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Imperfectly developed, indimentary, non-functional.
Natural separation of leaves, flowers and fruits from plants. Generally associated with deterioration of a specialized layer of thin-walled cells.
To record in order of acquisition; in the case of seed sources, a numbered seed lot.
Dry, indehiscent fruit containing only one seed.
A soil having a pH less than 7.0 degrees of soil acidity are recognized. Soil is regarded as 'very acid' when the reaction is less than pH 5.0.
actinomorphic ( of flower)
Tapering to a point
adnate See also connate
Joined or attached to; applied to different organs fused during development.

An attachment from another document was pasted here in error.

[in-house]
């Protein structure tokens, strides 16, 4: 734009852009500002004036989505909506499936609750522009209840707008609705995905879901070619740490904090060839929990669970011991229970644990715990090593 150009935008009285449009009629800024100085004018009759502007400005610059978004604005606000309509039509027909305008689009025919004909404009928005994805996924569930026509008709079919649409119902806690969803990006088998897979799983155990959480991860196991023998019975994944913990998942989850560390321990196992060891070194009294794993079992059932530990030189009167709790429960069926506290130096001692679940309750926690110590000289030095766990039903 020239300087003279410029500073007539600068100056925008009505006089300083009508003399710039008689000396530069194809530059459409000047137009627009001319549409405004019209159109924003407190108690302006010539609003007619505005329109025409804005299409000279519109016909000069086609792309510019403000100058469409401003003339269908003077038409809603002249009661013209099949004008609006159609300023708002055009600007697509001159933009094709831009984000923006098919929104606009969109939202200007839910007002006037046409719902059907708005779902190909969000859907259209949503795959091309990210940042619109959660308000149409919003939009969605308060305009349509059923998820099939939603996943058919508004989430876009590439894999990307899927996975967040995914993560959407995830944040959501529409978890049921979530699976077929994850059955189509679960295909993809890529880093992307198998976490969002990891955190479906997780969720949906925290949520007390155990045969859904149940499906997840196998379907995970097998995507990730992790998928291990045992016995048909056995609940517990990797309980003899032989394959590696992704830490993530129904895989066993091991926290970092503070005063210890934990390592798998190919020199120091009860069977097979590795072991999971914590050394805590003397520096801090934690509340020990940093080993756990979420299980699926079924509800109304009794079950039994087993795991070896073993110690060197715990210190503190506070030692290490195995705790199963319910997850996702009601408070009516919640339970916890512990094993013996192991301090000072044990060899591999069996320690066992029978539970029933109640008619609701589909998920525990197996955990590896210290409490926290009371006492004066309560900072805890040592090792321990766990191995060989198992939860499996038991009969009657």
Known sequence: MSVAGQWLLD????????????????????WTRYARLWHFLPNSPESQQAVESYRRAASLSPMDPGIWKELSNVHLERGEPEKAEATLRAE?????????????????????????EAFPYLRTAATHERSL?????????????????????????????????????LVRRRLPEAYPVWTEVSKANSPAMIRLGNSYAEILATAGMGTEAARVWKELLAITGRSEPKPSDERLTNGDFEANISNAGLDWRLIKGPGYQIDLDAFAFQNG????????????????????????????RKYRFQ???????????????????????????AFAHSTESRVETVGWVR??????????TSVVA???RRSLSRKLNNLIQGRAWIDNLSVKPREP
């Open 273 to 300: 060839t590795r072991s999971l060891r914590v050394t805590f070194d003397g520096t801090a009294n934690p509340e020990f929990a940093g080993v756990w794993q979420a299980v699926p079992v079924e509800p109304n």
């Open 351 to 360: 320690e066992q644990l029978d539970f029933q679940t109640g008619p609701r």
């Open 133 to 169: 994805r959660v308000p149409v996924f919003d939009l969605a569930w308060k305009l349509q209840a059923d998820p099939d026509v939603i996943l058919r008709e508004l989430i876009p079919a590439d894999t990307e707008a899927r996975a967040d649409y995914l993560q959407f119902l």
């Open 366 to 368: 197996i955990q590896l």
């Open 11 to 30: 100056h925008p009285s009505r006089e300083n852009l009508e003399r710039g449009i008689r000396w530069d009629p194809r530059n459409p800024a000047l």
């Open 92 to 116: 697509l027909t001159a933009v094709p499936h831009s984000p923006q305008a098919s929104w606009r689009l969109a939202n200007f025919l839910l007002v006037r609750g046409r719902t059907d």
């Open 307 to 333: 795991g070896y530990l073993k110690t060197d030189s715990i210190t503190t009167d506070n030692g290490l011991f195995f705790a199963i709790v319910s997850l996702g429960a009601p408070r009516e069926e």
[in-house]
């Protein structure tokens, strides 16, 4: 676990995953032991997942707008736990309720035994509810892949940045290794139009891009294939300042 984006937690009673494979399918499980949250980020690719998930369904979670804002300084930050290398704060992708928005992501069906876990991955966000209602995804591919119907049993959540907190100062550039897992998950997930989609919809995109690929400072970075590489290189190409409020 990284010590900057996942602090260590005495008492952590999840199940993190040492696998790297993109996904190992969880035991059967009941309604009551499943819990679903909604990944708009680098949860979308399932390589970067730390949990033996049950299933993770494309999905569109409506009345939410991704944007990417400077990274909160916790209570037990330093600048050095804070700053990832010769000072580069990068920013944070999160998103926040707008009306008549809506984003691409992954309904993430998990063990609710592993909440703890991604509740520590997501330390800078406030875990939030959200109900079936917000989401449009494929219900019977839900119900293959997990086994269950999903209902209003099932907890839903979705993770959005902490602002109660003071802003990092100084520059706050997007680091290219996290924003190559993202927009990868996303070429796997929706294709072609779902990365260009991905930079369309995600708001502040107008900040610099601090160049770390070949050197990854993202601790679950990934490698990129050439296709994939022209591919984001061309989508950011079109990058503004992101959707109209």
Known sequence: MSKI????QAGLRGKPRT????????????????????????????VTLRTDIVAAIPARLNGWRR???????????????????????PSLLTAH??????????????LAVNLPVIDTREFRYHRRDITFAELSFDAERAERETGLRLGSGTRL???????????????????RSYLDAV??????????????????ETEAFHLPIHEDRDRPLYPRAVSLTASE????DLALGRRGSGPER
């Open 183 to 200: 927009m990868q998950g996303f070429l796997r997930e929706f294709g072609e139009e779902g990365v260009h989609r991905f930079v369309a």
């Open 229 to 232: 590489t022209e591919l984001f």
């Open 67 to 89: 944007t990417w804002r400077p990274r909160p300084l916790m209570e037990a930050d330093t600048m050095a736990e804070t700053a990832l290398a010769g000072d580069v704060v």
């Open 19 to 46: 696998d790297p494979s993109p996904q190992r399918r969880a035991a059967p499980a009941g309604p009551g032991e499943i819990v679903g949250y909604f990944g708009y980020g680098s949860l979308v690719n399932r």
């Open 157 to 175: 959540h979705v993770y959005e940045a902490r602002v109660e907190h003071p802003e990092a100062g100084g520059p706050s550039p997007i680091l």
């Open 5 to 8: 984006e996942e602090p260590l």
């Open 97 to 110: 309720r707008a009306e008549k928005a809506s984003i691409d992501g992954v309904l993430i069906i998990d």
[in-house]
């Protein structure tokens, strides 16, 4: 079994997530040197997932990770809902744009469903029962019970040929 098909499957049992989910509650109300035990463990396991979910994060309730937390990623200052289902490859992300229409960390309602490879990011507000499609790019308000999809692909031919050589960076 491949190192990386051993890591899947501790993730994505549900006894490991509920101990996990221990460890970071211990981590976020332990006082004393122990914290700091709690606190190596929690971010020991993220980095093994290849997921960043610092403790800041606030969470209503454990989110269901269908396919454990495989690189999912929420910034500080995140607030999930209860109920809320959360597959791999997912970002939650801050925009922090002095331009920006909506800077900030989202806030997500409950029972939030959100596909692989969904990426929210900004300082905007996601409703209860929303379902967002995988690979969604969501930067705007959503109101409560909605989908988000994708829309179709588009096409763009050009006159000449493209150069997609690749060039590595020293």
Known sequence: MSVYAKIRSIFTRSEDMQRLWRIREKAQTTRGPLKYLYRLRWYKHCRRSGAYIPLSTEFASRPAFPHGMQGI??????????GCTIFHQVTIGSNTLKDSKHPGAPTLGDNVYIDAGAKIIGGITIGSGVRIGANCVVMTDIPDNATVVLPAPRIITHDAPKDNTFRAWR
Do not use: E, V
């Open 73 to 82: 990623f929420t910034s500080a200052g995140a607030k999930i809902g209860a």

Pressed closely together but not joined. (for example, conifer leaves may be pressed close to the stem of the plant).
Growing from an unusual position (for example, roots from a leaf or stem).
afforestation See also reforestation
1. Conversion of bare land into forest land by planting of forest trees.
2. The planting of a forest crop on land that has not previously, or not recently, carried a forest crop.
A system for mixed arable farming and forestry that has been practised in many parts of the tropics. Tree crops are interspersed with food-crop patches on a continuous basis, sometimes as hedge (often called alley cropping)
agronomic variety See also variety, cultivar
A distinctive seedling popular or clone with enough favourable characteristics to warrant cultivation. Agronomic varieties are given non-Latin names according to priority rules which vary among different crops.